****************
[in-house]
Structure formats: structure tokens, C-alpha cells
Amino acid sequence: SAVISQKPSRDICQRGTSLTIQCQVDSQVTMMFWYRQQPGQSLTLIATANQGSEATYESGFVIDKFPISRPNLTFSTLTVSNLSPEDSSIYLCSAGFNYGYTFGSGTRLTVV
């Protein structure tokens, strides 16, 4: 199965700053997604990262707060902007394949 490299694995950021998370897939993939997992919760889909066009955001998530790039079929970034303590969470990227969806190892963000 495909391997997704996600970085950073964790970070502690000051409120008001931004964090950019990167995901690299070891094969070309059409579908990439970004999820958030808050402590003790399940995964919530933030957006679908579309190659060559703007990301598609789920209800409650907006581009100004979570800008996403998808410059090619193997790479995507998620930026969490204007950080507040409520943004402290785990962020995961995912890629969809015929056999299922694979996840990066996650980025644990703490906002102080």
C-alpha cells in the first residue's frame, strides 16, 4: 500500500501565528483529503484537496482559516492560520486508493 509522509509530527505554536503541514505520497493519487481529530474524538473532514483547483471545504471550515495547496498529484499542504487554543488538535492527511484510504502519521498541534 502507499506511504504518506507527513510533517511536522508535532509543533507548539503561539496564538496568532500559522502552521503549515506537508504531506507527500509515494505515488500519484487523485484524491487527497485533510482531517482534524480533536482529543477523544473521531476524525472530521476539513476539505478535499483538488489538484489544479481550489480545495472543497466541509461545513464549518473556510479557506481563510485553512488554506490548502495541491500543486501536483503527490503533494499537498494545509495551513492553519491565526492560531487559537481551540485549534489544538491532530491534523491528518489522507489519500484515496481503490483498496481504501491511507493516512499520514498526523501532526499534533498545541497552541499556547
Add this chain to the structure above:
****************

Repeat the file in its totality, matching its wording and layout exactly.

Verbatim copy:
[in-house]
Structure formats: structure tokens, C-alpha cells
Amino acid sequence: SAVISQKPSRDICQRGTSLTIQCQVDSQVTMMFWYRQQPGQSLTLIATANQGSEATYESGFVIDKFPISRPNLTFSTLTVSNLSPEDSSIYLCSAGFNYGYTFGSGTRLTVV
């Protein structure tokens, strides 16, 4: 199965700053997604990262707060902007394949 490299694995950021998370897939993939997992919760889909066009955001998530790039079929970034303590969470990227969806190892963000 495909391997997704996600970085950073964790970070502690000051409120008001931004964090950019990167995901690299070891094969070309059409579908990439970004999820958030808050402590003790399940995964919530933030957006679908579309190659060559703007990301598609789920209800409650907006581009100004979570800008996403998808410059090619193997790479995507998620930026969490204007950080507040409520943004402290785990962020995961995912890629969809015929056999299922694979996840990066996650980025644990703490906002102080």
C-alpha cells in the first residue's frame, strides 16, 4: 500500500501565528483529503484537496482559516492560520486508493 509522509509530527505554536503541514505520497493519487481529530474524538473532514483547483471545504471550515495547496498529484499542504487554543488538535492527511484510504502519521498541534 502507499506511504504518506507527513510533517511536522508535532509543533507548539503561539496564538496568532500559522502552521503549515506537508504531506507527500509515494505515488500519484487523485484524491487527497485533510482531517482534524480533536482529543477523544473521531476524525472530521476539513476539505478535499483538488489538484489544479481550489480545495472543497466541509461545513464549518473556510479557506481563510485553512488554506490548502495541491500543486501536483503527490503533494499537498494545509495551513492553519491565526492560531487559537481551540485549534489544538491532530491534523491528518489522507489519500484515496481503490483498496481504501491511507493516512499520514498526523501532526499534533498545541497552541499556547
Add this chain to the structure above: